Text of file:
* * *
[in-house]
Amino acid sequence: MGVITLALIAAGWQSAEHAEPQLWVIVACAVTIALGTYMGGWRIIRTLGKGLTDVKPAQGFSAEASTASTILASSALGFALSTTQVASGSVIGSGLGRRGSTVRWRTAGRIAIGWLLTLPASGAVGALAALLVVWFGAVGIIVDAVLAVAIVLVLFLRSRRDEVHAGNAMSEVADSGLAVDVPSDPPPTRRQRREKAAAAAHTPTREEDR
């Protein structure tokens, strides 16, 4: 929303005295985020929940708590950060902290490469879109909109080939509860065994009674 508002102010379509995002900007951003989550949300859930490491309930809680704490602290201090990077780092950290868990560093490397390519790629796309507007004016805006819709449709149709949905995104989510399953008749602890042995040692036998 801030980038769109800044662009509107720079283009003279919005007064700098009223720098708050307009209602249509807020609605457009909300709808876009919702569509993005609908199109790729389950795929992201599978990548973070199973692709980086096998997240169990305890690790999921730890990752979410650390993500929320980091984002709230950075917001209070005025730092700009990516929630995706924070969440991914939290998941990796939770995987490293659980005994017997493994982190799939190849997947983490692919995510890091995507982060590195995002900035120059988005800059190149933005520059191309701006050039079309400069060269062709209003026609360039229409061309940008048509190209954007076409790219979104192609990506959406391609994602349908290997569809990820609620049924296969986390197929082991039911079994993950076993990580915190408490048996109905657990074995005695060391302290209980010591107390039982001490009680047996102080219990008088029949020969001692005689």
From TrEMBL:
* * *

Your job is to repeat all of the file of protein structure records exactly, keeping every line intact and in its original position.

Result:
[in-house]
Amino acid sequence: MGVITLALIAAGWQSAEHAEPQLWVIVACAVTIALGTYMGGWRIIRTLGKGLTDVKPAQGFSAEASTASTILASSALGFALSTTQVASGSVIGSGLGRRGSTVRWRTAGRIAIGWLLTLPASGAVGALAALLVVWFGAVGIIVDAVLAVAIVLVLFLRSRRDEVHAGNAMSEVADSGLAVDVPSDPPPTRRQRREKAAAAAHTPTREEDR
């Protein structure tokens, strides 16, 4: 929303005295985020929940708590950060902290490469879109909109080939509860065994009674 508002102010379509995002900007951003989550949300859930490491309930809680704490602290201090990077780092950290868990560093490397390519790629796309507007004016805006819709449709149709949905995104989510399953008749602890042995040692036998 801030980038769109800044662009509107720079283009003279919005007064700098009223720098708050307009209602249509807020609605457009909300709808876009919702569509993005609908199109790729389950795929992201599978990548973070199973692709980086096998997240169990305890690790999921730890990752979410650390993500929320980091984002709230950075917001209070005025730092700009990516929630995706924070969440991914939290998941990796939770995987490293659980005994017997493994982190799939190849997947983490692919995510890091995507982060590195995002900035120059988005800059190149933005520059191309701006050039079309400069060269062709209003026609360039229409061309940008048509190209954007076409790219979104192609990506959406391609994602349908290997569809990820609620049924296969986390197929082991039911079994993950076993990580915190408490048996109905657990074995005695060391302290209980010591107390039982001490009680047996102080219990008088029949020969001692005689």
From TrEMBL: